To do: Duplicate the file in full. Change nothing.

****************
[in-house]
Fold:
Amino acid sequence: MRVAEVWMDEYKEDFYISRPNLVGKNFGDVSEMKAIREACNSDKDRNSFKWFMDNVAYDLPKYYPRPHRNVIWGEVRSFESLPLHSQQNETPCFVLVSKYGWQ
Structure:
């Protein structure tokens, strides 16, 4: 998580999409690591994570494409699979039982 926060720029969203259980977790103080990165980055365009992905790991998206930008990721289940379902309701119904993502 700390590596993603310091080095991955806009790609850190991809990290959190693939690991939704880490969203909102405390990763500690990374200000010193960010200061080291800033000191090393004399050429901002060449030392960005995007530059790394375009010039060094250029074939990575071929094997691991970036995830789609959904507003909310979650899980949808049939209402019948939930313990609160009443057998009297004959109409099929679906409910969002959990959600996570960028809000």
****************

[in-house]
Fold:
Amino acid sequence: MRVAEVWMDEYKEDFYISRPNLVGKNFGDVSEMKAIREACNSDKDRNSFKWFMDNVAYDLPKYYPRPHRNVIWGEVRSFESLPLHSQQNETPCFVLVSKYGWQ
Structure:
């Protein structure tokens, strides 16, 4: 998580999409690591994570494409699979039982 926060720029969203259980977790103080990165980055365009992905790991998206930008990721289940379902309701119904993502 700390590596993603310091080095991955806009790609850190991809990290959190693939690991939704880490969203909102405390990763500690990374200000010193960010200061080291800033000191090393004399050429901002060449030392960005995007530059790394375009010039060094250029074939990575071929094997691991970036995830789609959904507003909310979650899980949808049939209402019948939930313990609160009443057998009297004959109409099929679906409910969002959990959600996570960028809000």